• After the reoccurrence of cancer in the area, it was before surgery.
  • To keep cancer under control and relieve you from the symptoms for as long as possible if the cancer is advanced.

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What Are The Side Effects Of Hormone Therapy For Prostate Cancer

Testosterone is the primary male hormone and plays an important role in establishing and maintaining the male sex characteristics, such as body hair, muscle mass, sexual desire, and erectile function. Most men who are on hormone therapy experience at least some effects related to the loss of testosterone, but the degree to which you will be affected by any one drug regimen is impossible to predict. Side effects from testosterone-lowering therapies include hot flashes, breast enlargement or tenderness, loss of bone mineral density and fractures, increased weight gain , higher cholesterol, a higher risk of diabetes, and a slightly higher risk of heart problems like heart attacks and chest pains. Some men complain of mood problems and depression during this time as well. Dont be afraid to discuss these issues with your doctors. For all of these reasons, maintaining a healthy overall lifestyle is vital to doing well with hormonal therapies over time.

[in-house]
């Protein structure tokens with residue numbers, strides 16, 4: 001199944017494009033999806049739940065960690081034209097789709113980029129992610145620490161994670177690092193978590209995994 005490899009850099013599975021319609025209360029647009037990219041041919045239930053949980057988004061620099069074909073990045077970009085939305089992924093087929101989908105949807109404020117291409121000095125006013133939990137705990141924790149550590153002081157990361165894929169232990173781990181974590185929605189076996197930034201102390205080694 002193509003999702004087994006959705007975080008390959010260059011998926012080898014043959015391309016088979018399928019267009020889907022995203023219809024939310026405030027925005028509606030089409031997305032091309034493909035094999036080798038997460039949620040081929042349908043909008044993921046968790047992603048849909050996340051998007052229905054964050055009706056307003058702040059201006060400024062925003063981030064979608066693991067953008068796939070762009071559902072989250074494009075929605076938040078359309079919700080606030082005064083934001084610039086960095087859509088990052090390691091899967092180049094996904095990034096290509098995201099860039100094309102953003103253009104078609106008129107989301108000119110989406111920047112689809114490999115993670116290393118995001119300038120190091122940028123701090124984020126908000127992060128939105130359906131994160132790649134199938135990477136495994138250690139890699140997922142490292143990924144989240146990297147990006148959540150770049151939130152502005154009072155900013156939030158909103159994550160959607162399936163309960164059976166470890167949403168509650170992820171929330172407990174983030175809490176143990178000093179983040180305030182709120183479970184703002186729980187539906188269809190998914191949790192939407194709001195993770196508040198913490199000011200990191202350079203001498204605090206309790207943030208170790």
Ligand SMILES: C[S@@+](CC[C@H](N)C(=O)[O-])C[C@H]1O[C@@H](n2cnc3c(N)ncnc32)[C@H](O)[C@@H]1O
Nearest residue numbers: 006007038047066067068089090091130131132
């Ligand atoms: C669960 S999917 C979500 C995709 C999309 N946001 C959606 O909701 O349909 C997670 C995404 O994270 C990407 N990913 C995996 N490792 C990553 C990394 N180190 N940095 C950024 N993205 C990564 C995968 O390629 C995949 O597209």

Table : Predictors Of Biochemical Recurrence At Time Of Diagnosis

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Although a number of clinical factors contribute to your risk of relapse after treatment, the parameters below provide a simpler assessment of your chances of biochemical recurrence, based on your clinical profile at the time of diagnosis. For more sophisticated estimates, based on specific risk factors, see Figures 1 through 3.

Low risk Gleason score less than or equal to 6and Cancer stage T2c or more

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Why Is A Simple Prostatectomy Performed